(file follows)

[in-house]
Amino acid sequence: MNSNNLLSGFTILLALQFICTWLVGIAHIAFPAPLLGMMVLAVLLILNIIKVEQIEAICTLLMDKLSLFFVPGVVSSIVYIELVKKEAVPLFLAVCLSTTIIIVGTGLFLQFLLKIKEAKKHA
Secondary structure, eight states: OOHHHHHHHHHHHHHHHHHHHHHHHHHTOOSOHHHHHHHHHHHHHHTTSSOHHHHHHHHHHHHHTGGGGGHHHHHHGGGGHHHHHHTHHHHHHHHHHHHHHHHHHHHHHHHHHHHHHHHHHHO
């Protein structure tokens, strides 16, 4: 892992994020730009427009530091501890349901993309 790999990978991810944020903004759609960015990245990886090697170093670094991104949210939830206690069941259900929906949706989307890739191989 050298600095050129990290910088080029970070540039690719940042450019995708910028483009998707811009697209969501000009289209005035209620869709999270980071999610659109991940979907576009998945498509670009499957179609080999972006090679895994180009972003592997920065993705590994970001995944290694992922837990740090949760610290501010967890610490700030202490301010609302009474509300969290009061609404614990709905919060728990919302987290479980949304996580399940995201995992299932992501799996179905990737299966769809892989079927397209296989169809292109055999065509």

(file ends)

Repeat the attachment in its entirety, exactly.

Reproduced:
[in-house]
Amino acid sequence: MNSNNLLSGFTILLALQFICTWLVGIAHIAFPAPLLGMMVLAVLLILNIIKVEQIEAICTLLMDKLSLFFVPGVVSSIVYIELVKKEAVPLFLAVCLSTTIIIVGTGLFLQFLLKIKEAKKHA
Secondary structure, eight states: OOHHHHHHHHHHHHHHHHHHHHHHHHHTOOSOHHHHHHHHHHHHHHTTSSOHHHHHHHHHHHHHTGGGGGHHHHHHGGGGHHHHHHTHHHHHHHHHHHHHHHHHHHHHHHHHHHHHHHHHHHO
């Protein structure tokens, strides 16, 4: 892992994020730009427009530091501890349901993309 790999990978991810944020903004759609960015990245990886090697170093670094991104949210939830206690069941259900929906949706989307890739191989 050298600095050129990290910088080029970070540039690719940042450019995708910028483009998707811009697209969501000009289209005035209620869709999270980071999610659109991940979907576009998945498509670009499957179609080999972006090679895994180009972003592997920065993705590994970001995944290694992922837990740090949760610290501010967890610490700030202490301010609302009474509300969290009061609404614990709905919060728990919302987290479980949304996580399940995201995992299932992501799996179905990737299966769809892989079927397209296989169809292109055999065509």